UK budget proposals provide for 75 per cent increase in EU research funds

December 16, 2005

Brussels, 15 Dec 2005

While the UK's latest proposals for the next EU budget have already been dismissed by many, Europe's research community is quietly celebrating the inclusion of provisions to guarantee a substantial increase in EU research funding over the budgetary period.

The UK proposal states that under the heading 'competitiveness for growth and employment' (1a), 'particular priority should be given to delivering a substantial enhancement of the EU's research effort, which is generally recognised to be one of the most promising and effective drivers of innovation and growth'.

The UK therefore recommends increasing EU funding for research so that resources are around 75 per cent higher in real terms in 2013 than in 2006. 'This research effort, as reflected principally through the Seventh Framework Programme [FP7], has to be based on excellence while ensuring balanced access for all Member States,' the proposal adds.

A spokesperson for EU Science and Research Commissioner Janez Potocnik told CORDIS News that he is still examining the proposal, as certain aspects of it are not clear, but that he is very pleased with the Presidency's recognition of research as an essential element of competitiveness.

The Commission is still looking at the proposal with the aim of establishing what exactly is meant by a budget increase of 75 per cent over seven years - it is not clear whether this increase would be incremental or back-loaded.

The UK's proposal also invites the Commission and the European Investment Bank to examine the possibility of strengthening their support for research by up to ten billion euro through a financing facility with risk-sharing components. This would be aimed in particular at fostering additional investment in the private sector.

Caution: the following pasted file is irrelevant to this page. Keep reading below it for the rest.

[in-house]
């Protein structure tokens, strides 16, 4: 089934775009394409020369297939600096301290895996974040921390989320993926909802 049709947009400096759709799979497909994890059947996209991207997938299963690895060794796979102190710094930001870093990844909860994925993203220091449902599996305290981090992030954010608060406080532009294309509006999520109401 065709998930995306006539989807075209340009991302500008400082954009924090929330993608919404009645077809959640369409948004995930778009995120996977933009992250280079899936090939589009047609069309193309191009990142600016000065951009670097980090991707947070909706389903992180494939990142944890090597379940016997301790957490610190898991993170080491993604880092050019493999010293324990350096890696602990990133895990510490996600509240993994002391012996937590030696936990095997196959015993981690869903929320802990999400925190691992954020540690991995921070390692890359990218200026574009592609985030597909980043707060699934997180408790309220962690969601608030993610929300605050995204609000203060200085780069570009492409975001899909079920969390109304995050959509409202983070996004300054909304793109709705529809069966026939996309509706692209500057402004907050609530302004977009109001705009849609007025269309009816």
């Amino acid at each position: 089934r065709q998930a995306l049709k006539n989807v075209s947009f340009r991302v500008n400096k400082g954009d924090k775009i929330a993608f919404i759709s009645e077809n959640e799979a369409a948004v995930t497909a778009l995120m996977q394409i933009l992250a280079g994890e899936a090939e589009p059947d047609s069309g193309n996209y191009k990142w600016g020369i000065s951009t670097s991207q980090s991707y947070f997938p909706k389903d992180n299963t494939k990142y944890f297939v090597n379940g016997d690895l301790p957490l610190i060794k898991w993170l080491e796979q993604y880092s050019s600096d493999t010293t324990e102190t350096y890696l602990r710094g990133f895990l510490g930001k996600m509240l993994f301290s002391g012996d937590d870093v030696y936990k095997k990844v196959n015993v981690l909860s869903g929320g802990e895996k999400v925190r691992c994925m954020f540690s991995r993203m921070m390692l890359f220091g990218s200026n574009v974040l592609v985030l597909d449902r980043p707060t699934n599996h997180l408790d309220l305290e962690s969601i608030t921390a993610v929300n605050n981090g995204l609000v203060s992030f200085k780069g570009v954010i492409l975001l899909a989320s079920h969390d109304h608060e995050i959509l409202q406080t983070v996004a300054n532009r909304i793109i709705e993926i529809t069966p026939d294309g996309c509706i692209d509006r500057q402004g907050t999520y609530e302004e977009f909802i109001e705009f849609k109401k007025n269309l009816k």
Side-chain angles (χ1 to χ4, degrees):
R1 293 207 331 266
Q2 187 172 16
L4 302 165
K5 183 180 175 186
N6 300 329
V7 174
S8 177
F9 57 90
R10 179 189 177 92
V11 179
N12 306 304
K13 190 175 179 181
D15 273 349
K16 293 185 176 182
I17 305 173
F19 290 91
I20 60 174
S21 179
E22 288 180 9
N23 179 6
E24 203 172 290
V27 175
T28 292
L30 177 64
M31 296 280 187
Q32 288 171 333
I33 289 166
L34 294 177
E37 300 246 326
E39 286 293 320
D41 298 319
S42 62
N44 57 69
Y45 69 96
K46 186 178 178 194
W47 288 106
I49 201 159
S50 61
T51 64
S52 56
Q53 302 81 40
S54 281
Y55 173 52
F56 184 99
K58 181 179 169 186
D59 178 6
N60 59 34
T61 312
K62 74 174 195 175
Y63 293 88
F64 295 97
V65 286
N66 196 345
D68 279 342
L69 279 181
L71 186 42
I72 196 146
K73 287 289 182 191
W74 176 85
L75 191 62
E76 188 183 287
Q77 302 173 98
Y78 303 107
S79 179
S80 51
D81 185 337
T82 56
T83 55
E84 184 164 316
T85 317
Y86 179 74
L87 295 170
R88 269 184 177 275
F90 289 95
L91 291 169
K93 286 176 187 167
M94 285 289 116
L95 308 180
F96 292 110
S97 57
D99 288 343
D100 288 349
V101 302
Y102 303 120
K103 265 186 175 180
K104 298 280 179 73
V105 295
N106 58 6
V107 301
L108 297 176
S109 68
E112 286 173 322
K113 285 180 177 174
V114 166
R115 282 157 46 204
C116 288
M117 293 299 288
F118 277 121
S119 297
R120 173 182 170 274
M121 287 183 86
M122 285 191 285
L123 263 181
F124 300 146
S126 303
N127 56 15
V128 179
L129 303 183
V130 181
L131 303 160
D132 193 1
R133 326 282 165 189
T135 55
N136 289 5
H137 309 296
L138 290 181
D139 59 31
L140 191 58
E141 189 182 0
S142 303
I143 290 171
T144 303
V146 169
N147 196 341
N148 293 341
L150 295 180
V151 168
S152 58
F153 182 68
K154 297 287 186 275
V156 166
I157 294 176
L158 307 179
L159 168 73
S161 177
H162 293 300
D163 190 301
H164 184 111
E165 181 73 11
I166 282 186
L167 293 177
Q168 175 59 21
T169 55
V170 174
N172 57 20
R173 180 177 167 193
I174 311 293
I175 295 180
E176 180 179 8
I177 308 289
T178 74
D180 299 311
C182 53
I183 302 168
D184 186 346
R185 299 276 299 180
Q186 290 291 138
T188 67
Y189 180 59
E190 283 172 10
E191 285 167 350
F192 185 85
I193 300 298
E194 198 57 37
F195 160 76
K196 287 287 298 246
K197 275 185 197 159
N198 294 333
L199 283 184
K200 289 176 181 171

The European Council on 15 and 16 December is being keenly followed around Europe. Professor Jean-Patrick Connerade, President of Euroscience - an organisation gathering researchers, science journalists, decision-makers and others interested in research from 40 European countries - has urged the Council to follow through on its earlier statements on the importance of research: 'I strongly urge the Heads of Government to remember their obligations from Lisbon and to ensure that the research budget is protected within the overall financial perspectives of the Union. The UK Presidency has recognised the priority of research to the future of the Union and I sincerely hope that other Heads of Government will be equally supportive. The EU faces very major challenges in the years ahead and research is one area from which we start with a reasonable base. Our economic well-being depends on this investment in research and development both for the present and the future.'

The UK proposal is, however, under attack from all sides. Commission President José Manuel Barroso has called the proposed budget 'inadequate', referring to a cut of 3 billion euro from the original Commission proposal. A number of foreign ministers, and in particular those from Poland and France, have rejected a proposal that, they say, will leave the poorer countries worse off, and only the UK better off. Most countries also wish to see the UK give up at least part of its rebate.

To access the UK's proposals, please click here

CORDIS RTD-NEWS/© European Communities, 2005
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